Federal healthcare agencies are bringing the private sector into discussions of a long-term vision for what is being called a "virtual health system" of interoperable electronic medical records and personal health records, a top government informaticist says.
Speaking at a medical records conference in Chicago today, Gary Christopherson, senior advisor to the Department of Veterans Affairs under secretary for health, said that about 30 major healthcare organizations, technology vendors and government agencies met Nov. 3 to discuss how they could work together toward this vision.
Christopherson unofficially refers to this strategy as HealthePeople, a public companion of sorts to HealtheVet, the next-generation information technology system and strategy at the Veterans Health Administration. It is an outgrowth of the Consolidated Health Informatics strategy to link the VA, Military Health System and Indian Health Service of HHS with standardized communication and data protocols.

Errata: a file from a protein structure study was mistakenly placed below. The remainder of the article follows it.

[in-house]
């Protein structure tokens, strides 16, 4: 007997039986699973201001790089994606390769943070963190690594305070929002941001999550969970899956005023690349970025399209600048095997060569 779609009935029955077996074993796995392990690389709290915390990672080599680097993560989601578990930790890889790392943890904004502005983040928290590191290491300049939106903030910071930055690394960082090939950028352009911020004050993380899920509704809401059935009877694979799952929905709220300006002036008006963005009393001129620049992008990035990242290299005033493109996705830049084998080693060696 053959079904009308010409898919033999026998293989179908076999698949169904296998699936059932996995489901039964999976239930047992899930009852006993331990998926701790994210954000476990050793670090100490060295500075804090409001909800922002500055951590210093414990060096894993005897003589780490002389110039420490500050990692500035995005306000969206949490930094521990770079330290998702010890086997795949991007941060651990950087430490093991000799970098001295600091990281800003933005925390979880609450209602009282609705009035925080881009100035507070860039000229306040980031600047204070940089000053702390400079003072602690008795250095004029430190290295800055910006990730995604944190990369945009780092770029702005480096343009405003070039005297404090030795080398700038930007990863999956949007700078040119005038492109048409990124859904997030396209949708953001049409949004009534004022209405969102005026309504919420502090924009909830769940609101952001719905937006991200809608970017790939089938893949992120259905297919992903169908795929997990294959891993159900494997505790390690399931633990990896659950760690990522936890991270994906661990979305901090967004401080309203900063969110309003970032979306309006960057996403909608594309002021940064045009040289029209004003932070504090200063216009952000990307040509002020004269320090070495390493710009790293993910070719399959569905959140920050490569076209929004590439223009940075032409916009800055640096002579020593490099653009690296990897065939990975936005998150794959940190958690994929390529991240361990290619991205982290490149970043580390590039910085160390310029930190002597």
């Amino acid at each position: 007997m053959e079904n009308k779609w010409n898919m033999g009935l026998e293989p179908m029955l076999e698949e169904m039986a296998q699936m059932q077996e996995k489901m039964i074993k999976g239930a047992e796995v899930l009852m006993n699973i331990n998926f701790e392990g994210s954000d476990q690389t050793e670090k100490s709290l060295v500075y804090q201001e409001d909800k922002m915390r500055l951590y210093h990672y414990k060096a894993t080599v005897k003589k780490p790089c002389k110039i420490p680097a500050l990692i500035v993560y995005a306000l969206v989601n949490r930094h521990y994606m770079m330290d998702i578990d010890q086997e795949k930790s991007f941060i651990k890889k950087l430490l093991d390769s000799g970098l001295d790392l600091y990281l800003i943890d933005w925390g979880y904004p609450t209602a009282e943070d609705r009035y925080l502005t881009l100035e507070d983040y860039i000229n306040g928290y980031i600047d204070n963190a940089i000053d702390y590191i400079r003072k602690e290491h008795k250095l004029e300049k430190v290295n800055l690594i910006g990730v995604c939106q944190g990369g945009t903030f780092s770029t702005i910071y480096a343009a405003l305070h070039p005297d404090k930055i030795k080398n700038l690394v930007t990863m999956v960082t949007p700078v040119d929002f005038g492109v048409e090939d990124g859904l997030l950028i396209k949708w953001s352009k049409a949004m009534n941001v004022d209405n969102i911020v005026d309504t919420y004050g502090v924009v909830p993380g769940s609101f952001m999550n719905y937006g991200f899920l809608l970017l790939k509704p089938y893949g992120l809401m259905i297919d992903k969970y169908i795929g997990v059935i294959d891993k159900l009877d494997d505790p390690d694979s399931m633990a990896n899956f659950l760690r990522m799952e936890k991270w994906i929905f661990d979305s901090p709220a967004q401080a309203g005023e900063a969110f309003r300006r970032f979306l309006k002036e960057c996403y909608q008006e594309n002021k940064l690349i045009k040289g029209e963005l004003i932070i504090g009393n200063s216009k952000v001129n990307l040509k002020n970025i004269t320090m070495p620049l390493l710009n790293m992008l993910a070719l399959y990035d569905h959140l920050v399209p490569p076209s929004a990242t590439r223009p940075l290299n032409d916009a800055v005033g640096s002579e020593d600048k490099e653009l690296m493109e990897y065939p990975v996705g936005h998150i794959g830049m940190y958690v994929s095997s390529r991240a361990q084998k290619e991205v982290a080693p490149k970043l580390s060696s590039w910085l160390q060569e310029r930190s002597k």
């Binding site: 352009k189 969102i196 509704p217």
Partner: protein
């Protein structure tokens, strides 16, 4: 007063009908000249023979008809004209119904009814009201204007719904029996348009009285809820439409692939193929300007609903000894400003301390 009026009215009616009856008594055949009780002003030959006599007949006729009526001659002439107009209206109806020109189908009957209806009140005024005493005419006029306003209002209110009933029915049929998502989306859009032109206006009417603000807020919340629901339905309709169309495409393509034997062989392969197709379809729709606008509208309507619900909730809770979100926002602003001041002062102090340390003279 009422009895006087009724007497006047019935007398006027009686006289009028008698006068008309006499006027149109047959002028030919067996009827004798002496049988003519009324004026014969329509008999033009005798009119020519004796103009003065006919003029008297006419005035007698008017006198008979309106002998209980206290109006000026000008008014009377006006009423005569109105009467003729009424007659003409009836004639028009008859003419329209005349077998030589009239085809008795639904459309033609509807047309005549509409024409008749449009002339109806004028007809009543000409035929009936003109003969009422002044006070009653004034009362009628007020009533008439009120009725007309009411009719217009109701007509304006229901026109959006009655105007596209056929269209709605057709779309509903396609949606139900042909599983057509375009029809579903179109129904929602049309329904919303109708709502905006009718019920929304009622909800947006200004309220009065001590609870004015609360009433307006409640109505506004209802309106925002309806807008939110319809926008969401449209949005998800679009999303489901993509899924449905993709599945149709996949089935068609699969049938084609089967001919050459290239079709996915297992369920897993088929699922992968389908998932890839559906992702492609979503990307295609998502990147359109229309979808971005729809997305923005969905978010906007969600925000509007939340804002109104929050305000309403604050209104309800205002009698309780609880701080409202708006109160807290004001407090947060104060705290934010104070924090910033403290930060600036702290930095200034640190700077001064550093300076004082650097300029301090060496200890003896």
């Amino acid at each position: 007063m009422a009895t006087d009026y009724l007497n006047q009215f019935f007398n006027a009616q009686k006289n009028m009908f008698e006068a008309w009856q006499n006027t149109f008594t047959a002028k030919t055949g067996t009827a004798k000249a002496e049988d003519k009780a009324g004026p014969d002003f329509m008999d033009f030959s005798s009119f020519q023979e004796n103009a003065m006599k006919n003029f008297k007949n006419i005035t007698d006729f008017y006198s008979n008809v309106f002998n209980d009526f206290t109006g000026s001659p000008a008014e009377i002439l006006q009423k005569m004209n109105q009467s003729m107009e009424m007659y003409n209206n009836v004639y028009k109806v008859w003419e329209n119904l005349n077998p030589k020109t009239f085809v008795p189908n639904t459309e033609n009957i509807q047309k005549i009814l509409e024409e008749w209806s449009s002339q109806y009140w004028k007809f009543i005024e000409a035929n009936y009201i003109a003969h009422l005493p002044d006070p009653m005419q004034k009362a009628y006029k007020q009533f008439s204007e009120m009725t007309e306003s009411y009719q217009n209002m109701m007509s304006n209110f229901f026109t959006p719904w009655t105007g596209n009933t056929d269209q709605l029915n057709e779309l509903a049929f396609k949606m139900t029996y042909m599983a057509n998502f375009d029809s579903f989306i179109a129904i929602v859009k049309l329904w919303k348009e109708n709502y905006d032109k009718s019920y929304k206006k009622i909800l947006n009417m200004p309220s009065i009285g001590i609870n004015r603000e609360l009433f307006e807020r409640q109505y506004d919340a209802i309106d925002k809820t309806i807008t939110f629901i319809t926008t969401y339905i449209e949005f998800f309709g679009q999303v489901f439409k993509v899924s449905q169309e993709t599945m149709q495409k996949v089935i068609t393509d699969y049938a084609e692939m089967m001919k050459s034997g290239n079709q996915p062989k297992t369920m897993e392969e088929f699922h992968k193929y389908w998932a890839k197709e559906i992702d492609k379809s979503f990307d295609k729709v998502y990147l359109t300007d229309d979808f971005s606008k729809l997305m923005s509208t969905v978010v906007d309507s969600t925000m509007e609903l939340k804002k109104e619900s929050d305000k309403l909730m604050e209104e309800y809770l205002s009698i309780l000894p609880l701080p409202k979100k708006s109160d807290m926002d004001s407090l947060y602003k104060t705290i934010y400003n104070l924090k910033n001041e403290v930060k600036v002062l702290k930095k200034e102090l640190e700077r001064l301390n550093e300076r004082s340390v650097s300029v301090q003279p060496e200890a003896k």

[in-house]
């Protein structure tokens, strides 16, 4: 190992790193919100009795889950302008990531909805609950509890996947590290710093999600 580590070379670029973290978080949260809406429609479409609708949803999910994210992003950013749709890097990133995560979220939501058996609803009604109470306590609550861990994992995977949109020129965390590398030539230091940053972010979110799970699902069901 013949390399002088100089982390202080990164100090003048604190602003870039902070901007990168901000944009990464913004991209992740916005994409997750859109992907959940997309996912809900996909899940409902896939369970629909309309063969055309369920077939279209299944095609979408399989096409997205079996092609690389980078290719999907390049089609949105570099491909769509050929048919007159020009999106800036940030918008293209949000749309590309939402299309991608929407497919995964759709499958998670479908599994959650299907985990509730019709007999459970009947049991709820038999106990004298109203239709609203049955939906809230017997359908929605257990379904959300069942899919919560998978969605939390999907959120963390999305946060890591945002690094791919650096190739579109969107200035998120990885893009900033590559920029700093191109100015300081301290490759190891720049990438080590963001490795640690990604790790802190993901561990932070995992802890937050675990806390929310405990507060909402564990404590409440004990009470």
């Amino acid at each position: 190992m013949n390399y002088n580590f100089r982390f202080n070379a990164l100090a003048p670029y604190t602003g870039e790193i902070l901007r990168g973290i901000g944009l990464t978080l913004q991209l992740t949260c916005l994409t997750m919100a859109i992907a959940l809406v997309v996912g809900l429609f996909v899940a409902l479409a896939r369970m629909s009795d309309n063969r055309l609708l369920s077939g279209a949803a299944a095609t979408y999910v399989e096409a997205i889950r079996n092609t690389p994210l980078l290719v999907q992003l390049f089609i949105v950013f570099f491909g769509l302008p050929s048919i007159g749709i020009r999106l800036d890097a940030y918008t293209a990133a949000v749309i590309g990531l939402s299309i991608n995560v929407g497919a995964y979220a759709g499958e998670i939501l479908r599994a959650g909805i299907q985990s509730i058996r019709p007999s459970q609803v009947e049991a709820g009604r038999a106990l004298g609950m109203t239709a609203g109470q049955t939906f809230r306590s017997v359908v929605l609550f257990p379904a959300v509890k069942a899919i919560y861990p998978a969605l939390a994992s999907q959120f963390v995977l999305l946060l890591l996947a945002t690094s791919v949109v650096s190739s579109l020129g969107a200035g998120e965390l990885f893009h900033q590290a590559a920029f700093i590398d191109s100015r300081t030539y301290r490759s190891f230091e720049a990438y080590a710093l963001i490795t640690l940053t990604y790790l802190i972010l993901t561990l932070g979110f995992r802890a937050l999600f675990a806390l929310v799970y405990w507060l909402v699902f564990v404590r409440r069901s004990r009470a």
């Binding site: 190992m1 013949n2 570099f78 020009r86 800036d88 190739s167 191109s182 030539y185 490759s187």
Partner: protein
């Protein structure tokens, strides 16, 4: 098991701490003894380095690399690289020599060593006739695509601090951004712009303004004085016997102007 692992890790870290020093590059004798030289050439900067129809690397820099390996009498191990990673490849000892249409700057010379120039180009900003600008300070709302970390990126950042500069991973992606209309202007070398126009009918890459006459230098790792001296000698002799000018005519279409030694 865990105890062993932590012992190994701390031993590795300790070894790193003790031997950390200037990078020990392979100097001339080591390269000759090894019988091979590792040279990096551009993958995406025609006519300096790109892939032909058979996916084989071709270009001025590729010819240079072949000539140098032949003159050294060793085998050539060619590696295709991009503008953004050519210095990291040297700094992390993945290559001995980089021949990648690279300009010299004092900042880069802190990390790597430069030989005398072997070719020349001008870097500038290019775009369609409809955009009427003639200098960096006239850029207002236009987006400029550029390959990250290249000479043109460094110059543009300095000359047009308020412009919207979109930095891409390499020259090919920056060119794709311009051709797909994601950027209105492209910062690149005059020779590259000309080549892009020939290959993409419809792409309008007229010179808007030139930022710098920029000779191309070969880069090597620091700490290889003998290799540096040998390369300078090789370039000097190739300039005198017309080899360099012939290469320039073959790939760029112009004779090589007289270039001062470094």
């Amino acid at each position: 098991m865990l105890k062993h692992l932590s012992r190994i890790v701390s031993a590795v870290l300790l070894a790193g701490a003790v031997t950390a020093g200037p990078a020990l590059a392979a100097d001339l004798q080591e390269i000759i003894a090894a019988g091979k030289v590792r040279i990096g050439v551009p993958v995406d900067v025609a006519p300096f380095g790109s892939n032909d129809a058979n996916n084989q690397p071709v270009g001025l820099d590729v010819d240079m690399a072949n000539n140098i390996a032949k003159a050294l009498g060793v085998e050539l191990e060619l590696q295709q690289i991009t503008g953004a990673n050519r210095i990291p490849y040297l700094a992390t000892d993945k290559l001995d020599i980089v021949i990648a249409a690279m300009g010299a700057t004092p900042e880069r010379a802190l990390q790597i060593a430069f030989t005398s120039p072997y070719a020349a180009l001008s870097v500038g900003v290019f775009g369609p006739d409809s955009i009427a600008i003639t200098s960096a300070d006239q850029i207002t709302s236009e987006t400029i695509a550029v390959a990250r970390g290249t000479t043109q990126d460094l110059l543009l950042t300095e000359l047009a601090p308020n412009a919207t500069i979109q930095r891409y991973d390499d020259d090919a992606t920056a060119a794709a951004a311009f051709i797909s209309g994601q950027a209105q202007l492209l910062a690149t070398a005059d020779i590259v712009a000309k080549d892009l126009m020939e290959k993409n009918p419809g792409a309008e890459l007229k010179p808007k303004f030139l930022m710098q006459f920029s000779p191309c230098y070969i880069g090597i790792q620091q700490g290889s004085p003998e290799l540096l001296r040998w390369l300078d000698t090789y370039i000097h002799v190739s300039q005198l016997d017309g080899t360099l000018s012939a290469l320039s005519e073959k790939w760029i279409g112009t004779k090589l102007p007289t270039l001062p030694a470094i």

Among the participants at the Nov. 3 meeting were Kaiser Permanente, CMS, the American Association of Family Physicians, the Connecting for Health project of the Markle Foundation, Hewlett Packard Co., Microsoft Corp., Epic Systems Corp., the Institute of Medicine and the Healthcare Information and Management Systems Society, according to Christopherson.
Christopherson says the VA is encouraging other entities to participate. "The collaboration is a wide-open collaboration," he says.
In the next month or two, the agencies will announce six more standards for connectivity of medical records in the federal health delivery networks, Christopherson says. They previously settled on five protocols, including Health Level Seven messaging standards and pharmacy ordering codes developed by the National Council on Prescription Drug Programs.
"If we showed leadership, if we did this right, we could be the tipping point toward national standards. Voluntary, but national," Christopherson says.